While I’ve been doing more cooking than teaching lately (I’m running the kitchen at YWAM TV until Michael and I leave for Kyiv), one of the opportunities I’ve had to exercise my teaching muscles has been through helping to write a Bible study correspondence course. The course is intended to provide a way for people who do not have access to Bible teaching/training, to study through the Bible. I can’t tell you how humbling it is to consider that the people who will be working through this course face persecution for their faith, a shortage of Biblical teaching, and/or limitations on their travel, making it virtually impossible for them to attend something like an SBS (School of Biblical Studies). This course is very much a work in progress. It is a collaborative effort, with people writing, editing, and translating, from all over the world.
As I worked on the curriculum for the book of Ruth this month, the major theme that stood out from the book was God’s care for the outcast. Ruth was born in Moab. She married a man – Mahlon – who had sojourned to Moab from Bethlehem in Judah. Within ten years of living in Moab, Mahlon and his brother die, leaving Ruth (and her sister-in-law) widowed. Mahlon’s father had died previously, so Mahlon’s mother, Naomi, was not only a widow by this point, but childless. As Naomi prepares to head back to Bethlehem after the death of her sons, she encourages her daughters-in-law to stay put in their homeland. Ruth digs in her heels (figuratively!) and tells her mother-in-law,
“Do not urge me to leave you or to return from following you. For where you go I will go, and where you lodge I will lodge. Your people shall be my people, and your God my God. Where you die I will die, and there will I be buried. May the Lord do so to me and more also if anything but death parts me from you” (Ruth 1:16-17).
Ruth and Naomi’s story takes place “in the days when the judges ruled” (Ruth 1:1). “In those days there was no king in Israel. Everyone did what was right in his own eyes” (Judges 21:25). The days of the judges were dark days of rebellion against God, followed by crying out to Him when He allowed enemy nations to rise up against them, God’s merciful rescue, and then inevitable repeated rebellion against Him. You would expect a story set in this bleak time to be, itself, bleak. But Ruth is just the opposite – it is a hope-filled story of God providing for and redeeming a childless old widow, and the inclusion of a Moabite woman in the people of God.
The book of Ruth is not the first place we see God’s heart for the outcast. The Law is full of instructions to provide for the widow, the orphan, and the sojourner. In Deuteronomy 10:18-19, for example, we read that God
“executes justice for the fatherless and the widow, and loves the sojourner, giving him food and clothing. Love the sojourner, therefore, for you were sojourners in the land of Egypt.”
Leviticus 19:9-10 mandates that
“When you reap the harvest of your land, you shall not reap your field right up to its edge, neither shall you gather the gleanings after your harvest. And you shall not strip your vineyard bare, neither shall you gather the fallen grapes of your vineyard. You shall leave them for the poor and for the sojourner: I am the Lord your God.”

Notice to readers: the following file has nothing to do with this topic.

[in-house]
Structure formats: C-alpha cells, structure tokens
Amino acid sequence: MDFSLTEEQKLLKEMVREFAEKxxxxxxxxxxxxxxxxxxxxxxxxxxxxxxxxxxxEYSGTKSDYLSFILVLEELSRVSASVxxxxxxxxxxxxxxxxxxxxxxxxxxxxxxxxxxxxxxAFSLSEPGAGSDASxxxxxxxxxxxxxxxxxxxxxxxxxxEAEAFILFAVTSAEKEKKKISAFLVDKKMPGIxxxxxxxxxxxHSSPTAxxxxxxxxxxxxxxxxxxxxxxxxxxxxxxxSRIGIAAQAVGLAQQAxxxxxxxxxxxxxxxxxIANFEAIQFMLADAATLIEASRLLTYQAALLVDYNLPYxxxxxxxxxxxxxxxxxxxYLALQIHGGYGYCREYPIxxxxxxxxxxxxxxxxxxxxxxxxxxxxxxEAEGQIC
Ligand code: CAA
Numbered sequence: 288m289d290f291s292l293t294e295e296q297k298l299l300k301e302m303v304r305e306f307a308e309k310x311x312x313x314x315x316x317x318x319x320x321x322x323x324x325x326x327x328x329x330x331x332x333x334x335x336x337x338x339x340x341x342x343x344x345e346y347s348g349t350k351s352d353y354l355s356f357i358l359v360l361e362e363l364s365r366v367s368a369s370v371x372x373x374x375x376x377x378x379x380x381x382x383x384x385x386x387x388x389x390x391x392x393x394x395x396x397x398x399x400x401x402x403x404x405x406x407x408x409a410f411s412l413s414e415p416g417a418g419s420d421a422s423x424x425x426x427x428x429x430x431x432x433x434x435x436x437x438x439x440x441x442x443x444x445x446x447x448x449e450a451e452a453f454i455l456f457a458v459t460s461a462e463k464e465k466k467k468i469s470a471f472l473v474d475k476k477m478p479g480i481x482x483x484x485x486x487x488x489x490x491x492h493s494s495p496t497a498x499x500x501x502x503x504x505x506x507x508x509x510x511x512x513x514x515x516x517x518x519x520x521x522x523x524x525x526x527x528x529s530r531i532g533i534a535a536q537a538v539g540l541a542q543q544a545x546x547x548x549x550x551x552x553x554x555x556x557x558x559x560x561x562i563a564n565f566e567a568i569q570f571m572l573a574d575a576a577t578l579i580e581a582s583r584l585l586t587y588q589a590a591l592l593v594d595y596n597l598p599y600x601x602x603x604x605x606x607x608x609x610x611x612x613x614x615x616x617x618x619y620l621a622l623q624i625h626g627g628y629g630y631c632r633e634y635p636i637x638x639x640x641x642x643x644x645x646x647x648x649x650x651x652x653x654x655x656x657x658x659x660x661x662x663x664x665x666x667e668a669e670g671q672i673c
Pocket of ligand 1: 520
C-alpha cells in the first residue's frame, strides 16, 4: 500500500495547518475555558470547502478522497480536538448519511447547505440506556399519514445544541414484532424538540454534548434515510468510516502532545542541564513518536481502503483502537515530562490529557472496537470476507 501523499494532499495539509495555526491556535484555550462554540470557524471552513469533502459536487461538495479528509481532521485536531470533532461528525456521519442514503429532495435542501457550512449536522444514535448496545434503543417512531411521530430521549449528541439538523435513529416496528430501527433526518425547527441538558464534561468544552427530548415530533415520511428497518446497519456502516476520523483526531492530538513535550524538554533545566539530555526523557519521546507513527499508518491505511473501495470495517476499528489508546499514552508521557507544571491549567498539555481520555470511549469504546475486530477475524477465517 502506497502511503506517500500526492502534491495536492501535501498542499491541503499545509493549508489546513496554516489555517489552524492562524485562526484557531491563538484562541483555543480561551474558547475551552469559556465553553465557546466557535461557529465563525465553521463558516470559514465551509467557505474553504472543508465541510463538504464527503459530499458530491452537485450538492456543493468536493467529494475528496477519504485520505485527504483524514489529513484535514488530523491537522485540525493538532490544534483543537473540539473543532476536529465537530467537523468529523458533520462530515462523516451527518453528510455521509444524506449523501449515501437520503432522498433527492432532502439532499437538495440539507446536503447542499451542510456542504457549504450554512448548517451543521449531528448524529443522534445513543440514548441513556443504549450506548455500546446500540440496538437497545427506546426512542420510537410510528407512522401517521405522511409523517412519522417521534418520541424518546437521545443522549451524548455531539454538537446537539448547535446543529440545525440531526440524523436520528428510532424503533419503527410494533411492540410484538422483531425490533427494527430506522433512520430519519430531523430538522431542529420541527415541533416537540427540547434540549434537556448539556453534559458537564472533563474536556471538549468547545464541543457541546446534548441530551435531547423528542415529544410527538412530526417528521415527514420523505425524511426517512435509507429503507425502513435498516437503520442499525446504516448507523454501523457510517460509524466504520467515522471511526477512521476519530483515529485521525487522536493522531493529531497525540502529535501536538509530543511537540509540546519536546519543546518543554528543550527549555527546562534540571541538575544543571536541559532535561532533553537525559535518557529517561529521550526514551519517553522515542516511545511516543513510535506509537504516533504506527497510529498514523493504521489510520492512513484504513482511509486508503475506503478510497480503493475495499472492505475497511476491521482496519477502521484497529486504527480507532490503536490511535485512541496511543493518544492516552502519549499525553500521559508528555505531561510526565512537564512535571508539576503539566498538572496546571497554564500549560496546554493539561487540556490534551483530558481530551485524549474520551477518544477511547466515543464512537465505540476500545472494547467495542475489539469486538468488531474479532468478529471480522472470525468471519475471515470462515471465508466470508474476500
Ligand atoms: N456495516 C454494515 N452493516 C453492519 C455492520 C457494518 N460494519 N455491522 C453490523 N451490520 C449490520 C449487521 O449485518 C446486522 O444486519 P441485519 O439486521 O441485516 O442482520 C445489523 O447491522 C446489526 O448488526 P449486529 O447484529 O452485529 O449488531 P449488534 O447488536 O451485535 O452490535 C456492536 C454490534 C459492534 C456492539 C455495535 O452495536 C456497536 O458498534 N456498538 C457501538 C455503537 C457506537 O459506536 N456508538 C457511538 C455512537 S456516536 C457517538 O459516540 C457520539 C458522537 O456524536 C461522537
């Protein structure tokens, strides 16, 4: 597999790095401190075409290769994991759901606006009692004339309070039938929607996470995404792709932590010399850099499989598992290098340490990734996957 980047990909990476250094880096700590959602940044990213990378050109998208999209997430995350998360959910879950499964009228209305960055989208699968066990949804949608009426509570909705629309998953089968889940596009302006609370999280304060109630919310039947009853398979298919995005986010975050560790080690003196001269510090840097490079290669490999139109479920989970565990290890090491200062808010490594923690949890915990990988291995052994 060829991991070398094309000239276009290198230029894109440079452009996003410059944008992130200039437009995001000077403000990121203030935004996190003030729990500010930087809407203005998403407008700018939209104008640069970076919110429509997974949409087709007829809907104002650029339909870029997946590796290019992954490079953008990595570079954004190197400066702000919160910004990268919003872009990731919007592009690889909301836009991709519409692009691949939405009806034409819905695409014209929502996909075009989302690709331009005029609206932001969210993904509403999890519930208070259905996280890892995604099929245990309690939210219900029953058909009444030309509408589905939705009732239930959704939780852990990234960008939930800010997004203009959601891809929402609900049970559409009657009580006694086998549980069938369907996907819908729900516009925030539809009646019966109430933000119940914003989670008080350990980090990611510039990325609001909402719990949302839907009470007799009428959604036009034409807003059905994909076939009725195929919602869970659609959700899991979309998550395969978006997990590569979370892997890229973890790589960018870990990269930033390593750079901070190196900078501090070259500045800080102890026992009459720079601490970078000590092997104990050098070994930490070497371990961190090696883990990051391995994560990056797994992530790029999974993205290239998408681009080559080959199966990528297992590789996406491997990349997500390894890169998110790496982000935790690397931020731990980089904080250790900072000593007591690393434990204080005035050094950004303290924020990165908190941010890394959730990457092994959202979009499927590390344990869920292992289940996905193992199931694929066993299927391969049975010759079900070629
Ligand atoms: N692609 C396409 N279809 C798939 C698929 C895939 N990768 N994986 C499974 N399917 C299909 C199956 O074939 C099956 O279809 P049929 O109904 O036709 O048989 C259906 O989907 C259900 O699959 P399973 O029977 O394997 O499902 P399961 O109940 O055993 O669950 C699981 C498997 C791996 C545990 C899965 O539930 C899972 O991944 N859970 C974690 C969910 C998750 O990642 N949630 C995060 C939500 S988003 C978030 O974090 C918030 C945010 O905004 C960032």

During the time of the judges the Law was not followed. Pursuing God gave way to pursuit of idols, and prospects were grim for Ruth and Naomi, as they journeyed back to Bethlehem. In God’s great providence, however, He led them to Boaz, a generous, kind man who not only obeyed the Law by allowing Ruth – sojourner and widow – to glean from his field, but by following the heart of the Law, and going above and beyond what was written to extend kindness to her.
In the dark days of the judges, it would have been easy for Boaz to say “no.” After all, how many of his neighbors would have allowed Ruth to glean from their fields? Bethlehem had faced years of famine before the year of plenty that drew Ruth and Naomi to Judah after the death of Mahlon; what was to stop Boaz from holding on to every ephah of barley he grew? It would surely be understandable to be a bit tight-fisted after years of poverty. To top it all off, Ruth was a Moabite. She was a stranger to Bethlehem, and though she had been married to a Hebrew man, for the majority of her life she had worshiped a foreign god; why follow instructions from the Lord regarding a woman who wasn’t even born into His people?
Through Boaz we see God’s heart for the outcast. We see God provide food, family, and a place in the lineage of Christ (see Matthew 1), for a widow from Moab. The book of Ruth demands the question, “As followers of God, what is our response to the outcast?” It asks, “Who is the sojourner in our world today, and how is God calling us to give food and clothing and to execute justice for the least and the lost?” Ruth committed to following Naomi’s God before she left Moab, but perhaps it was in Boaz’s fields where she really came to know the character of God, as demonstrated through a man who acted generously and kindly towards her, despite her origin and status. It was hardly convenient for Boaz to care for Ruth as he did, and there was an element of risk involved, but when is loving care convenient or risk-free? How is God calling us to take risks to love our neighbors? How is He asking us to open our hearts and our “fields” so we can be His hands and feet, and demonstrate His love for the outcast?
Ruth is incredibly relevant for our time, as you may sense I’m not so subtly alluding to, but it is relevant for all times. It is relevant for this age of tension in which we find ourselves, an age when there will always be an outcast to care for. How will we care for the outcasts of today?